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‘The perfect storm’: Worries mount that Florida’s colleges face a mental health crisis like no other

South Florida Sun Sentinel - 8/19/2022

Editor’s note: This is the first of two news articles exploring the challenges that Florida’s colleges face this year as demand rises for mental health counseling services. The second article can be read here.

In the coming days, Florida’s college students will move into their dorms and apartments carrying laptops, wall posters, new bedding — and the burden of mental health problems they may not yet realize they have.

This could be a year like no other.

Several schools soon will see record-breaking numbers of incoming freshmen arriving amid a deepening youth mental health crisis catalyzed by the pandemic. Many of them spent most of high school virtually, and at home with their families, reeling from the bombardment on social media of news of gun violence, school shootings and political and racial divisiveness.

They step onto university campuses where a shortage of therapists has made counseling centers — already overburdened — further struggle to fill vacant positions, let alone add new ones. Now counselors are bracing themselves for the surge in demand for their services that lies ahead.

“It’s going to be problematic,” said Dr. Jon Brunner, chair of the Florida College Counseling Directors Association and director of the counseling center at Florida Gulf Coast University. “Some are calling it the perfect storm.”

The transition to college has long presented mental health challenges for young people away from home for the first time. But each year, this generation’s challenges loom larger, their levels of anxiety and depression rising. In December, the U.S. surgeon general issued an advisory to highlight the urgent need to address the nation’s youth mental health crisis.

For this incoming class, the challenges of social interactions, academic pressures and growing sense of self are intensified by the loss of normalcy during most of their high school years. “The theme of the last couple of years is ‘expect the unexpected,’” said Todd Lengnick, the director of the counseling center at Florida International University. “As far as what we’re preparing for, we are just preparing for Armageddon, I guess.”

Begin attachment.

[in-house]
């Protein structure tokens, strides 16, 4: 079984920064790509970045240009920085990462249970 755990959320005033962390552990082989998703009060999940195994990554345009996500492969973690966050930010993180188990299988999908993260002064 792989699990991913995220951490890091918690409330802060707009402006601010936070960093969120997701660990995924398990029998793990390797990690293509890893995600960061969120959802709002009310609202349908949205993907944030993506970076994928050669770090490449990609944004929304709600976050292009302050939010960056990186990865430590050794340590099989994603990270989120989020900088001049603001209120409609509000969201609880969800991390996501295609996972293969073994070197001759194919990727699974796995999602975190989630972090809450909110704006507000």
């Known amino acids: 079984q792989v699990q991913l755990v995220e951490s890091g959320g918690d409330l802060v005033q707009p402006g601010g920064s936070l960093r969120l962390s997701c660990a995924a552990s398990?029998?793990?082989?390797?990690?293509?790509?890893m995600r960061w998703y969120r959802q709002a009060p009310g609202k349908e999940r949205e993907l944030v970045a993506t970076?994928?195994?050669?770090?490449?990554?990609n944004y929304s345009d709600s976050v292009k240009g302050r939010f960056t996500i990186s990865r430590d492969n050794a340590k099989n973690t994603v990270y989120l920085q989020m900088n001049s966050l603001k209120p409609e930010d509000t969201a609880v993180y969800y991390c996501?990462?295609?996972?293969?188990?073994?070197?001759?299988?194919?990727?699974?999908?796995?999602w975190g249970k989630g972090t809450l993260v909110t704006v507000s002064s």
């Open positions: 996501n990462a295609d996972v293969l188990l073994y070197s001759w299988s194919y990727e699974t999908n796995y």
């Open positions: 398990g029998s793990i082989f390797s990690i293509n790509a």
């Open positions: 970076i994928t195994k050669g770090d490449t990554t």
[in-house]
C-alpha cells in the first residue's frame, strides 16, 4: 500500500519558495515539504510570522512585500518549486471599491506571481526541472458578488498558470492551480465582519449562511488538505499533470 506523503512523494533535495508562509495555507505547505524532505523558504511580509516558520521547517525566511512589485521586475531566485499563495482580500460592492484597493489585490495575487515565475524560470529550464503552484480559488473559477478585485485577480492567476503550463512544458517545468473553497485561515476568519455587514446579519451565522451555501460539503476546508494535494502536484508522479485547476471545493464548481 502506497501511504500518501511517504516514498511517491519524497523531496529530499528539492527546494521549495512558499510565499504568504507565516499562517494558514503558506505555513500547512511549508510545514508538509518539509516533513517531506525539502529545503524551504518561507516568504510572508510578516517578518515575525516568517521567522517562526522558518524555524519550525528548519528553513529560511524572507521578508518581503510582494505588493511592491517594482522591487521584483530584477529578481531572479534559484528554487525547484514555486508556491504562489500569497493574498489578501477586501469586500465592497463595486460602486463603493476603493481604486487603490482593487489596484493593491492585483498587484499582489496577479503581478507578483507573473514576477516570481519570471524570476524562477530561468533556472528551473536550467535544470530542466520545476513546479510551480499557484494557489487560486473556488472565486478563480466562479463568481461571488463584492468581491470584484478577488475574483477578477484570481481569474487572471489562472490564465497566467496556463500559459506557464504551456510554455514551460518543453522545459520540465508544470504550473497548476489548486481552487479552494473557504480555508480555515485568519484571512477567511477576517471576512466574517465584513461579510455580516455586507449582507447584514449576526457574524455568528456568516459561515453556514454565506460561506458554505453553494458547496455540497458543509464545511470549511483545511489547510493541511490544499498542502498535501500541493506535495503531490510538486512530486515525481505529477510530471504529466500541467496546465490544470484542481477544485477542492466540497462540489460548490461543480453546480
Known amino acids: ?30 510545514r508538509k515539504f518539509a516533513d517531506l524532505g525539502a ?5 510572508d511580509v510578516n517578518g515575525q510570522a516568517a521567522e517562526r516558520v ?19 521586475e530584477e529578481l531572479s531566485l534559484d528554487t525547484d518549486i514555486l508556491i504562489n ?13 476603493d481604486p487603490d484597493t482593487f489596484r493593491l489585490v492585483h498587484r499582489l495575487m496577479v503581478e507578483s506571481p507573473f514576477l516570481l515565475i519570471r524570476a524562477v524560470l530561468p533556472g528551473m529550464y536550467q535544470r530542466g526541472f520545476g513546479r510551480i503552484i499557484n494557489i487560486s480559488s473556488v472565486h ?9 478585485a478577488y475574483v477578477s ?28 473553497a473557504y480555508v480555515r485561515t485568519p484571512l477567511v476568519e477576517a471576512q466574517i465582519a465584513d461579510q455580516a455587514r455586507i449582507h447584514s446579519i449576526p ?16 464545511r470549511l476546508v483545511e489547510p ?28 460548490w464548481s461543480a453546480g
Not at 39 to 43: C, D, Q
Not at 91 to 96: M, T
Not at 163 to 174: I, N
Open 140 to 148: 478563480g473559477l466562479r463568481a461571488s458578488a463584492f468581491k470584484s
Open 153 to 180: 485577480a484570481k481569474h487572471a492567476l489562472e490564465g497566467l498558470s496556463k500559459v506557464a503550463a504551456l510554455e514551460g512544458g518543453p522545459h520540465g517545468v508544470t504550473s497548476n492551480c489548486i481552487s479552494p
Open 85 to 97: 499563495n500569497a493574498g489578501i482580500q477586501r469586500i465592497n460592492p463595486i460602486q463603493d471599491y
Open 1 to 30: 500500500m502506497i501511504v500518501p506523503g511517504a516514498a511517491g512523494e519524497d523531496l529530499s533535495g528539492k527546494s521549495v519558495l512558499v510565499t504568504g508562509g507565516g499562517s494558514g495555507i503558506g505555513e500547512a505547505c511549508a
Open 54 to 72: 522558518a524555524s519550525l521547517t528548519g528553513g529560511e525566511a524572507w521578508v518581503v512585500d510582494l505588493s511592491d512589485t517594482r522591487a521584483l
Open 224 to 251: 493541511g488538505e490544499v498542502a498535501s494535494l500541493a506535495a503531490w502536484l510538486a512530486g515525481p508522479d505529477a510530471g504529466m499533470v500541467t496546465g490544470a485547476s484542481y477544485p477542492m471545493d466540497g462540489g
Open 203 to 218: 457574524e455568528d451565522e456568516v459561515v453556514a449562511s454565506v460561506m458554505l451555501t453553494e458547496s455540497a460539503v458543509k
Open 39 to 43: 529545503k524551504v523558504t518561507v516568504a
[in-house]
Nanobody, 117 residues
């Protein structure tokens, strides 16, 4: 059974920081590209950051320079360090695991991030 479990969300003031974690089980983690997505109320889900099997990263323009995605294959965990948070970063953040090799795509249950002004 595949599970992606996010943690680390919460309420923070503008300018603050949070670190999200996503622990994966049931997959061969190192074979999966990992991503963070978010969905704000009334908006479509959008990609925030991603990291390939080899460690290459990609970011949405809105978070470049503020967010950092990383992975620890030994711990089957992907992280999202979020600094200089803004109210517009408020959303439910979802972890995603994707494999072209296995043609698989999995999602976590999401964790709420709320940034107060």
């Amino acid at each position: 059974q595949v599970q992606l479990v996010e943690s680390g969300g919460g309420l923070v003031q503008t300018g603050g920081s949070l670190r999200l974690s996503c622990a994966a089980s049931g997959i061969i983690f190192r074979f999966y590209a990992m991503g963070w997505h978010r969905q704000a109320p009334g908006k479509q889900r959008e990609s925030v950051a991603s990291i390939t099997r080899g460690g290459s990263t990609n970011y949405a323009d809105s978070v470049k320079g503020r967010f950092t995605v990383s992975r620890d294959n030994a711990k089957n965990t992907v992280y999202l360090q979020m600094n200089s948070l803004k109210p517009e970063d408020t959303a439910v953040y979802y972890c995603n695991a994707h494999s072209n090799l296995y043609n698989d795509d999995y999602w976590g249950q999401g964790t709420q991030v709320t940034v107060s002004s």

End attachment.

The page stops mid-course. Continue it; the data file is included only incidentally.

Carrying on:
Last year offers a sneak peek

Counseling center directors know it will only take a few weeks before students flood in seeking help, wait times grow and crisis lines become jammed. If it’s any indication of what lies ahead, last year offers a glimpse at the post-pandemic challenges on college campuses.

Counselors say the number of students using their services for social anxiety rose significantly in the 2021-22 school year, and they’re expecting even more this year.

Paola Ramirez was one of the students. In January, she left her home in South Florida for the first time and made her way up to the University of Central Florida, where she would be starting school as a 19-year-old junior after being dual enrolled in community college courses and high school for the past two years. Most of those two years of intensive schooling were virtual.

Ramirez describes herself as “shy.” Anxiety had hummed in the background for most of her life, but she had never felt comfortable talking about it at home. Both the need and ability to do something about her mental health surfaced in college. Those first three months, she felt isolated.

“It was just kind of like, I’m alone, which gives me certain freedoms, which is great,” she said. “But I’m also alone, I don’t have any friends or any family up here.”

She didn’t know counseling was an option or that she could afford it until a professor mentioned it during class. The first week of February, she contacted the school’s counseling services to make an appointment. But she said she didn’t see anyone until the third week of March. UCF matched her with someone tailored to her needs, which was “really cool,” she said. She now goes to counseling every other week.

Counselor shortage meets growing demand

Counseling centers are trying to prepare for the surge ahead. They were established decades ago on Florida’s college campuses to help smaller numbers of students with less urgent mental health problems. But most have been grappling for at least a decade with the growing demand for services and the lack of funding for additional resources.

While universities pour money into new academic buildings and research, funding for on-campus counseling — one of the most critical influences on dropout rates — has stalled. “All we can do is step up and be as ready as we possibly can,” Brunner said. “There is a lot of scurrying around and looking for people and looking for ways to address this. The tsunami is coming and it’s been coming for years.”

This year, Florida’s counseling centers must try to meet the needs of an openly struggling generation, when they, too, have to contend with burnt-out counselors, difficulty filling open positions and lack of funding to add more resources.

The pandemic hasn’t been easy on counselors. “I’ve been serving in leadership for 25 years,” Lengnick said, “And this has been the most challenging two years of my life.”